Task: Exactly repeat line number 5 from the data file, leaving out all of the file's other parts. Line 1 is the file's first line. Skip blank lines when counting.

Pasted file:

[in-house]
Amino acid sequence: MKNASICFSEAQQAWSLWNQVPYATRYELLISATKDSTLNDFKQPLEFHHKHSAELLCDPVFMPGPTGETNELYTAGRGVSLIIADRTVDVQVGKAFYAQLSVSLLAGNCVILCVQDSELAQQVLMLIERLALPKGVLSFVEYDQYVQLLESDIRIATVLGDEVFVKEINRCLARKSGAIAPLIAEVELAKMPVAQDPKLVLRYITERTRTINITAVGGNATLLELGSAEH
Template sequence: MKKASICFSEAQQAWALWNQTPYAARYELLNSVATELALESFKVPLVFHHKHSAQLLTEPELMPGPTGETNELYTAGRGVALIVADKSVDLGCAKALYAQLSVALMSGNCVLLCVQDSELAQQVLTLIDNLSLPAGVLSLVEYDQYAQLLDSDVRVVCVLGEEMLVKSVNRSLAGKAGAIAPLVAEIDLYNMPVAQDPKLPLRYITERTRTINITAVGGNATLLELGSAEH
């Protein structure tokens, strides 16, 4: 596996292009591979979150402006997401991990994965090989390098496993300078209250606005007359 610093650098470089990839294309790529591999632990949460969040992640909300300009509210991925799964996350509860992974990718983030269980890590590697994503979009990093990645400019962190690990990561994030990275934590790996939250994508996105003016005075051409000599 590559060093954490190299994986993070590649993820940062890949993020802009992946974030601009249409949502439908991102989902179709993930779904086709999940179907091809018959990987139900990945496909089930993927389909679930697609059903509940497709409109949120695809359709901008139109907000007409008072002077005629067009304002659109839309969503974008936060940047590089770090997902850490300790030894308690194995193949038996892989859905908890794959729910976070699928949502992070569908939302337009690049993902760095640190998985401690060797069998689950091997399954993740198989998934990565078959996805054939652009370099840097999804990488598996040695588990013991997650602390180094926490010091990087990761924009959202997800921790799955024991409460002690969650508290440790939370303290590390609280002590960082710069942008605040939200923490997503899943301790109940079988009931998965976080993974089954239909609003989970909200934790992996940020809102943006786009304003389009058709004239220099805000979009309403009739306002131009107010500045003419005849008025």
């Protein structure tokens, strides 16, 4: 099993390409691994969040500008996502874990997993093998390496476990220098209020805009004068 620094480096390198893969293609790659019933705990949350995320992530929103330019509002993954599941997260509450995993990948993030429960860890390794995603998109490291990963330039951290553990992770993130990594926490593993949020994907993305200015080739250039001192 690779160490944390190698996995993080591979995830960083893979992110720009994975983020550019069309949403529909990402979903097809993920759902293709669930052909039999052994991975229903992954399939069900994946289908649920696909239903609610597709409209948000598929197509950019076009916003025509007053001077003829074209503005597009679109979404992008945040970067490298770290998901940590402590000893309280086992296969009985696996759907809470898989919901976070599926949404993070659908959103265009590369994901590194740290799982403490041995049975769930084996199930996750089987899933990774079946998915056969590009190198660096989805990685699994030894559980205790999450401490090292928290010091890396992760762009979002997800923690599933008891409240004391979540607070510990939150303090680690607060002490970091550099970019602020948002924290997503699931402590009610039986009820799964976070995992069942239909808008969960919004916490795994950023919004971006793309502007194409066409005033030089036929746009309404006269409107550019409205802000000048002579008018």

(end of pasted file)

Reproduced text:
């Protein structure tokens, strides 16, 4: 099993390409691994969040500008996502874990997993093998390496476990220098209020805009004068 620094480096390198893969293609790659019933705990949350995320992530929103330019509002993954599941997260509450995993990948993030429960860890390794995603998109490291990963330039951290553990992770993130990594926490593993949020994907993305200015080739250039001192 690779160490944390190698996995993080591979995830960083893979992110720009994975983020550019069309949403529909990402979903097809993920759902293709669930052909039999052994991975229903992954399939069900994946289908649920696909239903609610597709409209948000598929197509950019076009916003025509007053001077003829074209503005597009679109979404992008945040970067490298770290998901940590402590000893309280086992296969009985696996759907809470898989919901976070599926949404993070659908959103265009590369994901590194740290799982403490041995049975769930084996199930996750089987899933990774079946998915056969590009190198660096989805990685699994030894559980205790999450401490090292928290010091890396992760762009979002997800923690599933008891409240004391979540607070510990939150303090680690607060002490970091550099970019602020948002924290997503699931402590009610039986009820799964976070995992069942239909808008969960919004916490795994950023919004971006793309502007194409066409005033030089036929746009309404006269409107550019409205802000000048002579008018």